What is the Garlic Mustard Challenge?
The Garlic Mustard Challenge is a collaborative effort to restore and protect natural ecosystems. The goal is to encourage people to get out on the land and care for local natural areas in a fun and engaging way! 2017 is our fourth year to rally volunteers across New England. Check out a summary of the 2015 Garlic Mustard Challenge in New England! (2016 summary coming soon!)
Dates: Late April through early June
Location: Anywhere in New England that garlic mustard is present.
Who: Anyone can participate! Pull in your own backyard, in a beloved nearby conservation area, with friends, with volunteers, or with a school group.
How: Keep track of how much or how many bags of garlic mustard you've pulled and report your bags!
(Currently closed - stay tuned for start of the 2017 season!)
Questions? Email us at GMChallenge.NE@unh.edu
Why Should We Care About Garlic Mustard?
Garlic mustard is an aggressive invader and is difficult to control once established. If left unchecked it will quickly dominate a woodland understory; its seeds remain viable in the ground for more than 5 years. The plant is allelopathic, which means it emits chemicals that prevent the growth of other (native) plants. It also inhibits mychorrizal activity, the fungi-root associations critical for nutrient and water uptake in native plants.
Want to organize a garlic mustard pull workday near you? Request a packet from the Network with materials on how to recognize the plant and how to work with volunteers to get rid of it! Check out our new "Pull It" stickers that are available to you as a free outreach tool for your garlic mustard event or workday. You can request up to 30 with your packet.
Find a Garlic Mustard Pull Near You
Many garlic mustard pulling events are listed in the spring on the Stewardship Network: New England Calendar. Check the listings and join a group event!
Learn to Identify Garlic MustardGarlic mustard (Alliaria petiolata) is an invasive herbaceous plant that was introduced into the U.S. from Europe in the late 1800s for culinary and medicinal purposes. It is a biennial plant, which means it needs two years to complete its reproductive cycle.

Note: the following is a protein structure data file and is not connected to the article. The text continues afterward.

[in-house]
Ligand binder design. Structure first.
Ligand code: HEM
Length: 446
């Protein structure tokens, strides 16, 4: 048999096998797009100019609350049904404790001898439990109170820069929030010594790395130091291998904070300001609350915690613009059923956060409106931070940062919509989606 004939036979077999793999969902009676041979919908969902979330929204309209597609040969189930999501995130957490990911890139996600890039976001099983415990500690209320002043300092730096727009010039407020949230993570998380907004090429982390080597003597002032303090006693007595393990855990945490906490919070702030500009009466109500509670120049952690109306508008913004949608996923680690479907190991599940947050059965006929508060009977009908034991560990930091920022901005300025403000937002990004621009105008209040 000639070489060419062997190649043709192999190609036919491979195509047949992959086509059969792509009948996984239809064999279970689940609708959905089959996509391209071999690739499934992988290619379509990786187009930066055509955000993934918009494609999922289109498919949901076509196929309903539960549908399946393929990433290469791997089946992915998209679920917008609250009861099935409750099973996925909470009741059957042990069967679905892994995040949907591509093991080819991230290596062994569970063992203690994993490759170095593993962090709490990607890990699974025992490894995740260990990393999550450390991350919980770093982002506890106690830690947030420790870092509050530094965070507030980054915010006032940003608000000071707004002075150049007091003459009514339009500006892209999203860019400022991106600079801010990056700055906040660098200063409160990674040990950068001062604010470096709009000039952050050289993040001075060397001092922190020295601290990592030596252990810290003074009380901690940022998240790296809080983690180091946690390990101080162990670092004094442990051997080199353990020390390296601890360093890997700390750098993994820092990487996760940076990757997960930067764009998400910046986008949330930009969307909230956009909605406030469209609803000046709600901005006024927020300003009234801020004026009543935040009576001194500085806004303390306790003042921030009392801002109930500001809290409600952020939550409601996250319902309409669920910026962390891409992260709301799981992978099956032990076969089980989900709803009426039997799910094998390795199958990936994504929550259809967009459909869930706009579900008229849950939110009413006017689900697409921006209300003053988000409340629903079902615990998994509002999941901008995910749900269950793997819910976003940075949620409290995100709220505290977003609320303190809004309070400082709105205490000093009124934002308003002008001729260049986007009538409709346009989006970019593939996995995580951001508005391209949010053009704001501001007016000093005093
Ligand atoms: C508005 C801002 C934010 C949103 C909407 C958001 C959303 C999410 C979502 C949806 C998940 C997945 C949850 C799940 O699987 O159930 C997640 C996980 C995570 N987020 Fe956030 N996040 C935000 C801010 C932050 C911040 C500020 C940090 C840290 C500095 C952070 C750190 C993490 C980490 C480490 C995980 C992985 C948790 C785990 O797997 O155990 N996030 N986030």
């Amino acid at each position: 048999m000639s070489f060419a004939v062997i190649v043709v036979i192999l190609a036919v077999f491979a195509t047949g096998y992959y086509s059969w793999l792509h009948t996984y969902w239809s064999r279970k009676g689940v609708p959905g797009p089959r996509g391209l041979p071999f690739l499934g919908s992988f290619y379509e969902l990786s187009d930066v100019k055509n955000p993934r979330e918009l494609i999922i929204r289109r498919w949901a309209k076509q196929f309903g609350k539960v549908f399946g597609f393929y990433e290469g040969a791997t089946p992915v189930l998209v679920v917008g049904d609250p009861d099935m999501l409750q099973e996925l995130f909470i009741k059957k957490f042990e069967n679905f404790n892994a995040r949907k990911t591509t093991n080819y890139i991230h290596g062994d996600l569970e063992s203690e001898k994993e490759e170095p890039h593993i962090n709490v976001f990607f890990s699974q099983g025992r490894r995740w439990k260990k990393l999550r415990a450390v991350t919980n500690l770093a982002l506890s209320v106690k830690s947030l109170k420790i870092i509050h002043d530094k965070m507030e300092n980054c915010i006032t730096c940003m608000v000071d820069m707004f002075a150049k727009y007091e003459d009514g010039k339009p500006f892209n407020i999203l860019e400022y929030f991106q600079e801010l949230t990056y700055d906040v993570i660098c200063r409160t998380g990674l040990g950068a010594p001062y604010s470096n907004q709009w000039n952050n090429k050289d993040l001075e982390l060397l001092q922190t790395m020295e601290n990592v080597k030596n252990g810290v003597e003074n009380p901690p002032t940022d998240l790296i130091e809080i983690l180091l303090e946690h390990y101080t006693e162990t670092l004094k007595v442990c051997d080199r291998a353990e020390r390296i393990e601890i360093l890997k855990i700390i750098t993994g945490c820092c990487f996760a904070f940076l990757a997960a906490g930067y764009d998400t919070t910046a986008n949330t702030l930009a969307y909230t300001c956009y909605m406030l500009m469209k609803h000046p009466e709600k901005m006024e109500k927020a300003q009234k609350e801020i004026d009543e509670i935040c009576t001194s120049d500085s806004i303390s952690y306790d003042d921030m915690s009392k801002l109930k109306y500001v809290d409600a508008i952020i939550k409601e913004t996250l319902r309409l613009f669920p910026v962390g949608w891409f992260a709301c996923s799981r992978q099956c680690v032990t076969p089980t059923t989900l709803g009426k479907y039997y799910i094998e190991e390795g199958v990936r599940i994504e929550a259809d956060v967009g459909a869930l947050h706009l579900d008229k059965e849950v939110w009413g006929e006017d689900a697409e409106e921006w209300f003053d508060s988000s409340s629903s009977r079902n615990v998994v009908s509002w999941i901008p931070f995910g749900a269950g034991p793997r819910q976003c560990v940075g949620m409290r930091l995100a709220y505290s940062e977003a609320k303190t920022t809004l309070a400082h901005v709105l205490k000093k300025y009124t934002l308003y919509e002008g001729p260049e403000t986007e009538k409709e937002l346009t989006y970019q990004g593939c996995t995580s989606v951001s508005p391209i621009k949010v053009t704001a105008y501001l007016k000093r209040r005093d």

Look-Alikes:Be aware that other, non-target, plants look like garlic mustard, including New England violets and Coltsfoot (Tussilago farfara), a plant that may also be invasive in some New England states.
Mapping Garlic Mustard (and other invasive plants)
Several New England states (MA, NH, CT) encourage people to report invasive plant occurances to EDDMaps, a free website that also has a useful app for using your smartphone or tablet to locate and report invasives (Outsmart). Here is the EDDMaps distribution of garlic mustard, showin occurances all across the U.S. Other states (ME, VT) have state-sponsored websites which allow people to report invasive plant occurances using iMapInvasives (see links below for state programs).
More Resources on Garlic Mustard and Invasive Plant Species
Check the Resources Section of this site for publications and sample outreach materials for your community efforts.
- Hanover Biodiversity Committee (Hanover, NH)
- Lincoln Land Conservation (Lincoln, MA)
- Invasive Plant Atlas of New England
- Connecticut Invasive Plant Working Group
- Maine Invasive Species Network
- Massachusetts Invasive Plant Advisory Group
- New Hampshire Dept. of Agriculture Invasive Species Regulations
- New Hampshire Invasives Resources (plants and insects)
- Rhode Island Invasive Species Council
- Vermont Invasives (plants and insects)
- The Garlic Mustard Challenge (The Stewardship Network: Great Lakes)
- Garlic Mustard Pesto Recipe